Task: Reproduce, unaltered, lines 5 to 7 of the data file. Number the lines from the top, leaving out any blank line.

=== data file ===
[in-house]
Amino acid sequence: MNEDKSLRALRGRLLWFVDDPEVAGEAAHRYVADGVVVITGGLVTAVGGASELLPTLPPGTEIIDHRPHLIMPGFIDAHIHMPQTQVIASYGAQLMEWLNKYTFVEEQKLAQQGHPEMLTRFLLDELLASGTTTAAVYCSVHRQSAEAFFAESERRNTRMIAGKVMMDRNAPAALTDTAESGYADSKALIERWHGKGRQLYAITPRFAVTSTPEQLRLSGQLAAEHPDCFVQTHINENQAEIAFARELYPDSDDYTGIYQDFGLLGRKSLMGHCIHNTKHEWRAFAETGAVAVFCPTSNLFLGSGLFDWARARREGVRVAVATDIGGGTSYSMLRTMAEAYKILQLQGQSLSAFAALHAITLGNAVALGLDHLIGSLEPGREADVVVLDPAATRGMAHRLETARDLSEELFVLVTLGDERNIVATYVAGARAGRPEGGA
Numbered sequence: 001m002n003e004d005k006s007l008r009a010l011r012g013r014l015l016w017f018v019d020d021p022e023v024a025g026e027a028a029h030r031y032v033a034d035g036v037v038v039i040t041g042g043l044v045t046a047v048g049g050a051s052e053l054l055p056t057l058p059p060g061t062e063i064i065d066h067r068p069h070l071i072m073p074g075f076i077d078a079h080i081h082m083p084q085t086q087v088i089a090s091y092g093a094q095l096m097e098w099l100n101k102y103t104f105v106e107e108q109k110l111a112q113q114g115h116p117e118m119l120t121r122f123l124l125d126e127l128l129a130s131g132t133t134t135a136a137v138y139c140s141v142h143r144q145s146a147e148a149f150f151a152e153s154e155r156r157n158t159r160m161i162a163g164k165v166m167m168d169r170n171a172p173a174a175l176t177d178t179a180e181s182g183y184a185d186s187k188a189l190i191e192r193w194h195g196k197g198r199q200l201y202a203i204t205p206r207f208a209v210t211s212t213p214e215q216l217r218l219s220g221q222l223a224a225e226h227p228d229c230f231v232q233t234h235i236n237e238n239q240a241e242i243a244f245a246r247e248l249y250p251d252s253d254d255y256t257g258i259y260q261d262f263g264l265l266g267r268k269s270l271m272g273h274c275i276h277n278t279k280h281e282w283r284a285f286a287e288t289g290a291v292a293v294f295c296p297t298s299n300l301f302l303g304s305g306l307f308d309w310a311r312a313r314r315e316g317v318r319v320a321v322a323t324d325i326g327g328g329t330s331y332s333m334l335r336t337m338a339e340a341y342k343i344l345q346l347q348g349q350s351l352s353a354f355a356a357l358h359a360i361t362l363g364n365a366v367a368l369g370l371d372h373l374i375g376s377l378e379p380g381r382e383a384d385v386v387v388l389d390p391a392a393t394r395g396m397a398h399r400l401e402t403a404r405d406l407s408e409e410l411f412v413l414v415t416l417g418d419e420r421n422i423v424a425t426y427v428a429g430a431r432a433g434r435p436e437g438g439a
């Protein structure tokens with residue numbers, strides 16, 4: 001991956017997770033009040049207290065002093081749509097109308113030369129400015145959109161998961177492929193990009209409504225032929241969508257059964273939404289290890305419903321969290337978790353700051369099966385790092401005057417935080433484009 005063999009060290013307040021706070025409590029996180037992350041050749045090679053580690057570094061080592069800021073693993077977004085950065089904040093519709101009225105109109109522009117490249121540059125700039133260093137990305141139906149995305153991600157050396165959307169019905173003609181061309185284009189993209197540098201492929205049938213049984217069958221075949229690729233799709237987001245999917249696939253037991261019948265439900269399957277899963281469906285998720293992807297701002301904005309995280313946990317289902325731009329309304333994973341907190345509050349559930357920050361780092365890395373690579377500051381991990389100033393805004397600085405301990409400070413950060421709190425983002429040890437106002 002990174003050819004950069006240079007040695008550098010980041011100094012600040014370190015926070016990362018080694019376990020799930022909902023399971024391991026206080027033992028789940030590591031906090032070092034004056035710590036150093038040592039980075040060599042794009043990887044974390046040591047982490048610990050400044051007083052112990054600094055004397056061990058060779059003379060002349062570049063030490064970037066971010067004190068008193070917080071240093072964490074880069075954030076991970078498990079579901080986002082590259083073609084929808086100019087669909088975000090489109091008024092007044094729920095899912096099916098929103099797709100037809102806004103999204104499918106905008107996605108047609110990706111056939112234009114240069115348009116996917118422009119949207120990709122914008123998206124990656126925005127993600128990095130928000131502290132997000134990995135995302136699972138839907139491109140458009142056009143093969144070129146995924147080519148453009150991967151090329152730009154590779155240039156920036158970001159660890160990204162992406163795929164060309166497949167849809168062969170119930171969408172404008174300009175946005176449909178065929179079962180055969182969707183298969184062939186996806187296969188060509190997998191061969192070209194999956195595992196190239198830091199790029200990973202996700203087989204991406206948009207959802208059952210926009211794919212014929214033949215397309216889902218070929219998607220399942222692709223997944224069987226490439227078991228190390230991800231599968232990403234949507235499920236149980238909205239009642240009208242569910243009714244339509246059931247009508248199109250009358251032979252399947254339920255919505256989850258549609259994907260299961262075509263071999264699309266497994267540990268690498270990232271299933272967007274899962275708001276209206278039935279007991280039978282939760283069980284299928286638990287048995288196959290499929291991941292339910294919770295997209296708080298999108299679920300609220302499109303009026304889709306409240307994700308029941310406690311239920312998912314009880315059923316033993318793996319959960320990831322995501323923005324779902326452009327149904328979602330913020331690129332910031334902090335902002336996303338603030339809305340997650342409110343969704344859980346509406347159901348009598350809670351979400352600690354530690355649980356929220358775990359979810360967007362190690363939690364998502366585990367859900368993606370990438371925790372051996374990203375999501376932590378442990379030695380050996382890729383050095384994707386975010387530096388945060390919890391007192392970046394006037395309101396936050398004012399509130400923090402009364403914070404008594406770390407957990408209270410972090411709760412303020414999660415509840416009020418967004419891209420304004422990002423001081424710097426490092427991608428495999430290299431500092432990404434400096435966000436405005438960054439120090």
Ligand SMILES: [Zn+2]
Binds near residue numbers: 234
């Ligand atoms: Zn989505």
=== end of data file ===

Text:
Ligand SMILES: [Zn+2]
Binds near residue numbers: 234
């Ligand atoms: Zn989505």